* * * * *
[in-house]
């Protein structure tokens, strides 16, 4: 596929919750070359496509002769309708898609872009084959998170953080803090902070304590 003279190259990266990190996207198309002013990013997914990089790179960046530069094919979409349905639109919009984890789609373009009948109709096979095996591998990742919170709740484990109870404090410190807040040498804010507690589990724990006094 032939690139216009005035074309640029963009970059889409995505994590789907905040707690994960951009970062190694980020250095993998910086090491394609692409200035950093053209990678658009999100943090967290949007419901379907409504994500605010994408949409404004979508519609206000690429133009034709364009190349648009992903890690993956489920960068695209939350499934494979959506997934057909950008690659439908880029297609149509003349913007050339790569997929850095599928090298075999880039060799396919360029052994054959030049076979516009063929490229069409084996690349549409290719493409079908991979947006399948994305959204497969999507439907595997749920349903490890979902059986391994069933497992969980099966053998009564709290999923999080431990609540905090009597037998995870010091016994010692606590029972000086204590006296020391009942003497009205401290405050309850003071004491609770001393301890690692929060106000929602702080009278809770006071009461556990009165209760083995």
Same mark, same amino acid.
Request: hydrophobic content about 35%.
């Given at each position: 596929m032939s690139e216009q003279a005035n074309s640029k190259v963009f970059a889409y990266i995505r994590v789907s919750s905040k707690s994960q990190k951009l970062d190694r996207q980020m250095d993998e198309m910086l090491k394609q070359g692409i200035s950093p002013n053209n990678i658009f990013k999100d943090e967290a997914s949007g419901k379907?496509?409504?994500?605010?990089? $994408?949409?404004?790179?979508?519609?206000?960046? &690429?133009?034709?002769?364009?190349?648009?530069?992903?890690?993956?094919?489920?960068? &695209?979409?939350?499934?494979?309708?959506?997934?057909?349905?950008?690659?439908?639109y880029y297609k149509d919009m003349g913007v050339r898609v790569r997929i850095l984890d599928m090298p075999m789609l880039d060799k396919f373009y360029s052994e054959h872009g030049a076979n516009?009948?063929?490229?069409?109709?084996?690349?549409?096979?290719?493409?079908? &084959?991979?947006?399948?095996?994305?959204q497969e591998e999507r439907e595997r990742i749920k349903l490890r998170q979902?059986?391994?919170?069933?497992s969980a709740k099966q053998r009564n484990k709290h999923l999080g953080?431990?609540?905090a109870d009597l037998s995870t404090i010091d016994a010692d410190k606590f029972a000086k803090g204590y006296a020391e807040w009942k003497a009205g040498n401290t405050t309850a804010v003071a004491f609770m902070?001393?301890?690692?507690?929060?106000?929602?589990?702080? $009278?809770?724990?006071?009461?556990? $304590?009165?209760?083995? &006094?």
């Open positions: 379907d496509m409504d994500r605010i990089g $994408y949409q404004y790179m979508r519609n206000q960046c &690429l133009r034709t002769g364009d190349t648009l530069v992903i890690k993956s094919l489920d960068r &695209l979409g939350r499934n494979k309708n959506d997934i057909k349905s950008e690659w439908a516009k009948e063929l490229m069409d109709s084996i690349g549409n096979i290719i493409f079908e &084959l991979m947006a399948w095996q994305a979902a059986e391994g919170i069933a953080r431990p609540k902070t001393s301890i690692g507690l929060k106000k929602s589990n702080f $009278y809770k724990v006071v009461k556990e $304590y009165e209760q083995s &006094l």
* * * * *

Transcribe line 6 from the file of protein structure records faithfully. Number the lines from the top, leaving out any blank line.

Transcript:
């Open positions: 379907d496509m409504d994500r605010i990089g $994408y949409q404004y790179m979508r519609n206000q960046c &690429l133009r034709t002769g364009d190349t648009l530069v992903i890690k993956s094919l489920d960068r &695209l979409g939350r499934n494979k309708n959506d997934i057909k349905s950008e690659w439908a516009k009948e063929l490229m069409d109709s084996i690349g549409n096979i290719i493409f079908e &084959l991979m947006a399948w095996q994305a979902a059986e391994g919170i069933a953080r431990p609540k902070t001393s301890i690692g507690l929060k106000k929602s589990n702080f $009278y809770k724990v006071v009461k556990e $304590y009165e209760q083995s &006094l």